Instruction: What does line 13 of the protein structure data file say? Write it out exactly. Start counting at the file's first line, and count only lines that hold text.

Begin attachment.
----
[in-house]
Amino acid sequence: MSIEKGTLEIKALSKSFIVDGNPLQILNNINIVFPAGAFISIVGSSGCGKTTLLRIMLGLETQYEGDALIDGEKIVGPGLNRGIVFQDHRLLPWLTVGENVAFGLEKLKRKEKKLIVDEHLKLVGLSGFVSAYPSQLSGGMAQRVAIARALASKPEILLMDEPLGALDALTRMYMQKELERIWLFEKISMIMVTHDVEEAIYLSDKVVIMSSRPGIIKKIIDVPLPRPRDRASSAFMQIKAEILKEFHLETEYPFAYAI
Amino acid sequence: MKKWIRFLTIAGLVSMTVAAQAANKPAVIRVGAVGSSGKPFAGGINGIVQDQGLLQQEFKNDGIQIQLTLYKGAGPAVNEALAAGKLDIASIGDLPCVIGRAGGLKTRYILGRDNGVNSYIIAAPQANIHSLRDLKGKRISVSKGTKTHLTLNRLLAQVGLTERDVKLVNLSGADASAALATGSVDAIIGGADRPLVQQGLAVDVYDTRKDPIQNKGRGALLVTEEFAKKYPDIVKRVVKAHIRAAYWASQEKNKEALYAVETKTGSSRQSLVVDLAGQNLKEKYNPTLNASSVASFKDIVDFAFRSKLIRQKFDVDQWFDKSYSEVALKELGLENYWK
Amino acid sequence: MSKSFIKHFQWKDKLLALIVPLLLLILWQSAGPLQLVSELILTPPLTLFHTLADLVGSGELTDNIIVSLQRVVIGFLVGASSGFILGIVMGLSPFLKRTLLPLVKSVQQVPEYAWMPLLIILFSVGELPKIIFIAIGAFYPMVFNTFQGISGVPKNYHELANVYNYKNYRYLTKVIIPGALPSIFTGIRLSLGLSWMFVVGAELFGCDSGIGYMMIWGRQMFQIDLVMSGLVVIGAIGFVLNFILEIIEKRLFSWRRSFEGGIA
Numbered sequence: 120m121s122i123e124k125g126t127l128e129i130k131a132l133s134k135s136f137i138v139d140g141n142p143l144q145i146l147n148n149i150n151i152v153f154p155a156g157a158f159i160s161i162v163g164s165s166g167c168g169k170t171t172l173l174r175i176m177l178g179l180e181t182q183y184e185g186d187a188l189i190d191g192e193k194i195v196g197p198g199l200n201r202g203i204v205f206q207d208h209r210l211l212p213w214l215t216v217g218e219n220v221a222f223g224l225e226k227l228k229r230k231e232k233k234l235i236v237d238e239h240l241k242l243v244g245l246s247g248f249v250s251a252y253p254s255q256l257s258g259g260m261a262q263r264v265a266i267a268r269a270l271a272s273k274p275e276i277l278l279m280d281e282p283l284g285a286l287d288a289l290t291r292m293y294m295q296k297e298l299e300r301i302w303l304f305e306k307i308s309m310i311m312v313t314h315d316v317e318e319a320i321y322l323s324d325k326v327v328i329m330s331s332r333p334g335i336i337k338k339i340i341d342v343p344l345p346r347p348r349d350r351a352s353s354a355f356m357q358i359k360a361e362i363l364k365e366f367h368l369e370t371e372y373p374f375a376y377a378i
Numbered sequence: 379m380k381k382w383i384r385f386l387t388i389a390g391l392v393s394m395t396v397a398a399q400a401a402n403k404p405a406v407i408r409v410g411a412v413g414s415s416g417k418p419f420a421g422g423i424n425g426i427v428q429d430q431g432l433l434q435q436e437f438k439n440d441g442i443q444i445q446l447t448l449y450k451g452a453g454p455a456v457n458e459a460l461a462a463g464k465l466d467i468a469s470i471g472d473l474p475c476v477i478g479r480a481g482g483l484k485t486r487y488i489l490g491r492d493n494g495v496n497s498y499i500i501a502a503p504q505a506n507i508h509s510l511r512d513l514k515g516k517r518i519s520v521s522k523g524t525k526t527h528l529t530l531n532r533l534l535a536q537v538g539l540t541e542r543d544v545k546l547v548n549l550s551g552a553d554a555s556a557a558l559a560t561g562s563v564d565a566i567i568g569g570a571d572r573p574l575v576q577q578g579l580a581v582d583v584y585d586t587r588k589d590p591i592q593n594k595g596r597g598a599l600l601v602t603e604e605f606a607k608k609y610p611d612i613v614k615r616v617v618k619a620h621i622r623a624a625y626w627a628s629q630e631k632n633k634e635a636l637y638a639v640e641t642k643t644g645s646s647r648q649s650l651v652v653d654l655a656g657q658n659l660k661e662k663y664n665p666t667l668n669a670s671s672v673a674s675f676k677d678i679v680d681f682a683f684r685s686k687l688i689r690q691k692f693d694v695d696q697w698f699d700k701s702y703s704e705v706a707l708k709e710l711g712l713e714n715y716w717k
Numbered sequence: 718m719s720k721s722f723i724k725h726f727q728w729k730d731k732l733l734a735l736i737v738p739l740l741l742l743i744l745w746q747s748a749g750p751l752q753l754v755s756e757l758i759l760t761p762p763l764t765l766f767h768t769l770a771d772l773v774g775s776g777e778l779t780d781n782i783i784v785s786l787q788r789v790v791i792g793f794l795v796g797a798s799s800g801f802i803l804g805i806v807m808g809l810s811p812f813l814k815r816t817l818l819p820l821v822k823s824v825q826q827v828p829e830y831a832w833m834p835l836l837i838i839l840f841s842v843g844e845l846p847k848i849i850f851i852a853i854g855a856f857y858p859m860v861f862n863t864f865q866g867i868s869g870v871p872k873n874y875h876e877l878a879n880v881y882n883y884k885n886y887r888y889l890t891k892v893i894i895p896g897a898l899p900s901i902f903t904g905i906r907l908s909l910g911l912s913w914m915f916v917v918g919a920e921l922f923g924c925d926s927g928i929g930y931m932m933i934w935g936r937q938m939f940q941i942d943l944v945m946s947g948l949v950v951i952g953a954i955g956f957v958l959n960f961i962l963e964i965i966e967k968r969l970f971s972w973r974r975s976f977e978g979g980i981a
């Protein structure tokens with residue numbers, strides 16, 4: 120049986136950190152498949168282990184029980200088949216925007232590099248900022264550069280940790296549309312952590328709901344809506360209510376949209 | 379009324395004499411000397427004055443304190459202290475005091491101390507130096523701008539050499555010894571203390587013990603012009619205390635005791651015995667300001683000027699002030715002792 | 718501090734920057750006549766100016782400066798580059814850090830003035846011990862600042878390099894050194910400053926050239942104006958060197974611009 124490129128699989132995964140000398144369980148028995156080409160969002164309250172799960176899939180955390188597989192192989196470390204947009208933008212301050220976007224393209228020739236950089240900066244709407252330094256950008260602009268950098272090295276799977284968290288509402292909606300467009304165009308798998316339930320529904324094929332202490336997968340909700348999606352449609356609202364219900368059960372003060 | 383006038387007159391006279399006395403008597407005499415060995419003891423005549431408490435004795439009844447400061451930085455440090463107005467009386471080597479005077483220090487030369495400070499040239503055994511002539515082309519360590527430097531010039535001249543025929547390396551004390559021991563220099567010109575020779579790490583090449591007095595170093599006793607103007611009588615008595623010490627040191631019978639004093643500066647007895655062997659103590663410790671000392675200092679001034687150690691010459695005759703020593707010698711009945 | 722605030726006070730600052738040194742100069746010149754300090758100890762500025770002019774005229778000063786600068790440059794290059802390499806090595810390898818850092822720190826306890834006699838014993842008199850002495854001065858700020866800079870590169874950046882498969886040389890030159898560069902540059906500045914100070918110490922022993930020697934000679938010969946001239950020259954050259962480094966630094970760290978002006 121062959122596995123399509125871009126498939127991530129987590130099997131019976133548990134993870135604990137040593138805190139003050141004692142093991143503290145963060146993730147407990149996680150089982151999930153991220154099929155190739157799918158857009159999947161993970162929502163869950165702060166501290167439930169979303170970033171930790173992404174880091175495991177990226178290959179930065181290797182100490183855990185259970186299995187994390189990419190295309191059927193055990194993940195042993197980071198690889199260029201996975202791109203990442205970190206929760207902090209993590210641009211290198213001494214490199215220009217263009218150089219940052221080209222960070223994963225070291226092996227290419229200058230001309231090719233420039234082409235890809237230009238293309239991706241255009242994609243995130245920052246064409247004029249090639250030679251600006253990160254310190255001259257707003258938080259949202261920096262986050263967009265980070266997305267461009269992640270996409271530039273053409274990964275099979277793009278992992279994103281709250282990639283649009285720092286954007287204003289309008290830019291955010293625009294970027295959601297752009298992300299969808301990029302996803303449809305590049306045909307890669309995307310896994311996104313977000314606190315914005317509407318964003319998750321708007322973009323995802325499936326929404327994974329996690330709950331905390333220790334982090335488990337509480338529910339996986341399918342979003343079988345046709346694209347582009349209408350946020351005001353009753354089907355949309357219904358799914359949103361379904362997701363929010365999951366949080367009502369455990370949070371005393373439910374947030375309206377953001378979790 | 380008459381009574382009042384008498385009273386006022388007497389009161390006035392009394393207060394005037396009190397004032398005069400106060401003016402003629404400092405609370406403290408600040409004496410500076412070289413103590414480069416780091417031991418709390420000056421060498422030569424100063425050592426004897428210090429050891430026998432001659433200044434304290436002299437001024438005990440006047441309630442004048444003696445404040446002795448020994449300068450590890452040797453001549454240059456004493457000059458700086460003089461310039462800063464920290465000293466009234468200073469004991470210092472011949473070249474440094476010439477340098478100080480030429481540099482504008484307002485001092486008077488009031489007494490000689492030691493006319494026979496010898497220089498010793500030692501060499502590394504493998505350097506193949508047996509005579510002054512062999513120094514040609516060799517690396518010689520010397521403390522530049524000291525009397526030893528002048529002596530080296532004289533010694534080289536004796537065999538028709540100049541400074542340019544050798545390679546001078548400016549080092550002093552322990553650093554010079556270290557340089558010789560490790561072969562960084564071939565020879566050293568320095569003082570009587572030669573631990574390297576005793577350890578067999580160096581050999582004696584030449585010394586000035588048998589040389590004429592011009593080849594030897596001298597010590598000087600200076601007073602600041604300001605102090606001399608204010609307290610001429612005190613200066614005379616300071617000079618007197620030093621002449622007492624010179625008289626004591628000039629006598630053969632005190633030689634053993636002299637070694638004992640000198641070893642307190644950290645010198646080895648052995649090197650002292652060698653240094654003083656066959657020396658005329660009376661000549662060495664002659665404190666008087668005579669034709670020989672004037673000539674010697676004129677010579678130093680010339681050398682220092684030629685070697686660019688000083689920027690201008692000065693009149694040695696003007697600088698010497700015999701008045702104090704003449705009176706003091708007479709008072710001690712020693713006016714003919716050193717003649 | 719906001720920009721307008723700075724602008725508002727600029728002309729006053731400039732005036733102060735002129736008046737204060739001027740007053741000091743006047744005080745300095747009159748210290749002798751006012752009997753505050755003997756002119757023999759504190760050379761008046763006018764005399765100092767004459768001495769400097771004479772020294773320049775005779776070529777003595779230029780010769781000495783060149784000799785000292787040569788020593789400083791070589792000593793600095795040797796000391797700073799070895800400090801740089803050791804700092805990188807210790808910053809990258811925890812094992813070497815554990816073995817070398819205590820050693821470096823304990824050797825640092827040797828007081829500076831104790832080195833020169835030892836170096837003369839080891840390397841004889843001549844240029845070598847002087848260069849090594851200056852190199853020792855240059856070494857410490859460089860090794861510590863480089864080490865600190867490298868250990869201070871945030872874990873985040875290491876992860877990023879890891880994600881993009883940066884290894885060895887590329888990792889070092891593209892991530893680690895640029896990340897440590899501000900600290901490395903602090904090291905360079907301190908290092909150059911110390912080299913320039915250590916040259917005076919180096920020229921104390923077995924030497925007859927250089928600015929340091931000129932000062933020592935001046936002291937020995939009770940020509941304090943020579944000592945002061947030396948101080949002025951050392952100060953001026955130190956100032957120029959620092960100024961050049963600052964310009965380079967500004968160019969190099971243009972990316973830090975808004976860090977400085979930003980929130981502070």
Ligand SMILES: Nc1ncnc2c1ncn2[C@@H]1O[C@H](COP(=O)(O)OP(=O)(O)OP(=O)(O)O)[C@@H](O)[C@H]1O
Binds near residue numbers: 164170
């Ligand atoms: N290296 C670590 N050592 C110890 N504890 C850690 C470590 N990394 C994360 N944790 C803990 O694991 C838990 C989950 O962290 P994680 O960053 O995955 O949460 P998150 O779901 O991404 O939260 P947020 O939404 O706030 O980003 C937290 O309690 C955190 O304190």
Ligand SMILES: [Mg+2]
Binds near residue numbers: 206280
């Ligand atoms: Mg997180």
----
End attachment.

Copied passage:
Binds near residue numbers: 206280